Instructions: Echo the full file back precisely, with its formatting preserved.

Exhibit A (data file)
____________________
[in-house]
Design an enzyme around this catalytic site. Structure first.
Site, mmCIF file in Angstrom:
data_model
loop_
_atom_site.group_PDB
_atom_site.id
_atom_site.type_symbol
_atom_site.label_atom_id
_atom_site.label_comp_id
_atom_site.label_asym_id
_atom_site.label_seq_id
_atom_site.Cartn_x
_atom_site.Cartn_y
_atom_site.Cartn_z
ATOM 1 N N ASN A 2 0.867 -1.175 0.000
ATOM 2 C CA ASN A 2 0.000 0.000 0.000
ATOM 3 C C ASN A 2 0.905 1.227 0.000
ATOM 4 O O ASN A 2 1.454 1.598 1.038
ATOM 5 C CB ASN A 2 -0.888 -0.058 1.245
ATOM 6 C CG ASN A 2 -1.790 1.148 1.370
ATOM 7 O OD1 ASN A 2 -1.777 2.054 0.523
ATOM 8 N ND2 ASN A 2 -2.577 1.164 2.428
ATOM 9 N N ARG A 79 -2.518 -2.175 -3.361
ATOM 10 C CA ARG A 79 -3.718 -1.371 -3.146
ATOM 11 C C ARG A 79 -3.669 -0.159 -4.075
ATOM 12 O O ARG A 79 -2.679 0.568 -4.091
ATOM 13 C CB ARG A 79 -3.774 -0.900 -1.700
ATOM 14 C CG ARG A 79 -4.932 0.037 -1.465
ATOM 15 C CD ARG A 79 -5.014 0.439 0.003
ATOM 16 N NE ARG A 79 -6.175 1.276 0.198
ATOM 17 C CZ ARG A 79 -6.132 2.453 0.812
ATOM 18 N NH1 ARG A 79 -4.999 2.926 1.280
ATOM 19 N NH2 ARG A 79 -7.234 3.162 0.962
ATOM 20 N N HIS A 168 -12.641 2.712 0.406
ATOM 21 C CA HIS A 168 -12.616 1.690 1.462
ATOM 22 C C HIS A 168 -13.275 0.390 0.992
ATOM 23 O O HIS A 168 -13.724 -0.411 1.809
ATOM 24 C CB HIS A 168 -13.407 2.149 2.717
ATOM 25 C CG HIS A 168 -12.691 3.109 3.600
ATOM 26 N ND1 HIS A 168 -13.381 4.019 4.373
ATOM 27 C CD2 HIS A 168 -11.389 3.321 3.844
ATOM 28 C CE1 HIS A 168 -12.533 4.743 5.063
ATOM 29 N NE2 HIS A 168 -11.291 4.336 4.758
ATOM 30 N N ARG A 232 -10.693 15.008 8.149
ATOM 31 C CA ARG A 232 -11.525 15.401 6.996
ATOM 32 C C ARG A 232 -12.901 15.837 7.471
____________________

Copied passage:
[in-house]
Design an enzyme around this catalytic site. Structure first.
Site, mmCIF file in Angstrom:
data_model
loop_
_atom_site.group_PDB
_atom_site.id
_atom_site.type_symbol
_atom_site.label_atom_id
_atom_site.label_comp_id
_atom_site.label_asym_id
_atom_site.label_seq_id
_atom_site.Cartn_x
_atom_site.Cartn_y
_atom_site.Cartn_z
ATOM 1 N N ASN A 2 0.867 -1.175 0.000
ATOM 2 C CA ASN A 2 0.000 0.000 0.000
ATOM 3 C C ASN A 2 0.905 1.227 0.000
ATOM 4 O O ASN A 2 1.454 1.598 1.038
ATOM 5 C CB ASN A 2 -0.888 -0.058 1.245
ATOM 6 C CG ASN A 2 -1.790 1.148 1.370
ATOM 7 O OD1 ASN A 2 -1.777 2.054 0.523
ATOM 8 N ND2 ASN A 2 -2.577 1.164 2.428
ATOM 9 N N ARG A 79 -2.518 -2.175 -3.361
ATOM 10 C CA ARG A 79 -3.718 -1.371 -3.146
ATOM 11 C C ARG A 79 -3.669 -0.159 -4.075
ATOM 12 O O ARG A 79 -2.679 0.568 -4.091
ATOM 13 C CB ARG A 79 -3.774 -0.900 -1.700
ATOM 14 C CG ARG A 79 -4.932 0.037 -1.465
ATOM 15 C CD ARG A 79 -5.014 0.439 0.003
ATOM 16 N NE ARG A 79 -6.175 1.276 0.198
ATOM 17 C CZ ARG A 79 -6.132 2.453 0.812
ATOM 18 N NH1 ARG A 79 -4.999 2.926 1.280
ATOM 19 N NH2 ARG A 79 -7.234 3.162 0.962
ATOM 20 N N HIS A 168 -12.641 2.712 0.406
ATOM 21 C CA HIS A 168 -12.616 1.690 1.462
ATOM 22 C C HIS A 168 -13.275 0.390 0.992
ATOM 23 O O HIS A 168 -13.724 -0.411 1.809
ATOM 24 C CB HIS A 168 -13.407 2.149 2.717
ATOM 25 C CG HIS A 168 -12.691 3.109 3.600
ATOM 26 N ND1 HIS A 168 -13.381 4.019 4.373
ATOM 27 C CD2 HIS A 168 -11.389 3.321 3.844
ATOM 28 C CE1 HIS A 168 -12.533 4.743 5.063
ATOM 29 N NE2 HIS A 168 -11.291 4.336 4.758
ATOM 30 N N ARG A 232 -10.693 15.008 8.149
ATOM 31 C CA ARG A 232 -11.525 15.401 6.996
ATOM 32 C C ARG A 232 -12.901 15.837 7.471